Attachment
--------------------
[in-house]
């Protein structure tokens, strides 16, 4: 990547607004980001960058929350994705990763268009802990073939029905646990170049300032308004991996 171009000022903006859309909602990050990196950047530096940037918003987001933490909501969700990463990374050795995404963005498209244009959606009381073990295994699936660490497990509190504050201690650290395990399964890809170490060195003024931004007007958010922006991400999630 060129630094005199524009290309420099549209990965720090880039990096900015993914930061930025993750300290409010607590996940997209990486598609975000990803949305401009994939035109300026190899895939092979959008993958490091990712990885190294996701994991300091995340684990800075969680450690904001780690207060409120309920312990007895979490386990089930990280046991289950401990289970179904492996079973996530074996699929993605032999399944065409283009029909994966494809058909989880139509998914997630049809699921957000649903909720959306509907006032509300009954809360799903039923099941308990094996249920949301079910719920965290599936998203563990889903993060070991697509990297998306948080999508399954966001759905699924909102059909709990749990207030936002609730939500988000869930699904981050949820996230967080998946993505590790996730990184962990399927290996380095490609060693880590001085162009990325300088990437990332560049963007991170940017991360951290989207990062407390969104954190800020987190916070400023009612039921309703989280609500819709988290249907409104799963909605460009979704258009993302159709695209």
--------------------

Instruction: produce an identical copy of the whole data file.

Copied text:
[in-house]
């Protein structure tokens, strides 16, 4: 990547607004980001960058929350994705990763268009802990073939029905646990170049300032308004991996 171009000022903006859309909602990050990196950047530096940037918003987001933490909501969700990463990374050795995404963005498209244009959606009381073990295994699936660490497990509190504050201690650290395990399964890809170490060195003024931004007007958010922006991400999630 060129630094005199524009290309420099549209990965720090880039990096900015993914930061930025993750300290409010607590996940997209990486598609975000990803949305401009994939035109300026190899895939092979959008993958490091990712990885190294996701994991300091995340684990800075969680450690904001780690207060409120309920312990007895979490386990089930990280046991289950401990289970179904492996079973996530074996699929993605032999399944065409283009029909994966494809058909989880139509998914997630049809699921957000649903909720959306509907006032509300009954809360799903039923099941308990094996249920949301079910719920965290599936998203563990889903993060070991697509990297998306948080999508399954966001759905699924909102059909709990749990207030936002609730939500988000869930699904981050949820996230967080998946993505590790996730990184962990399927290996380095490609060693880590001085162009990325300088990437990332560049963007991170940017991360951290989207990062407390969104954190800020987190916070400023009612039921309703989280609500819709988290249907409104799963909605460009979704258009993302159709695209």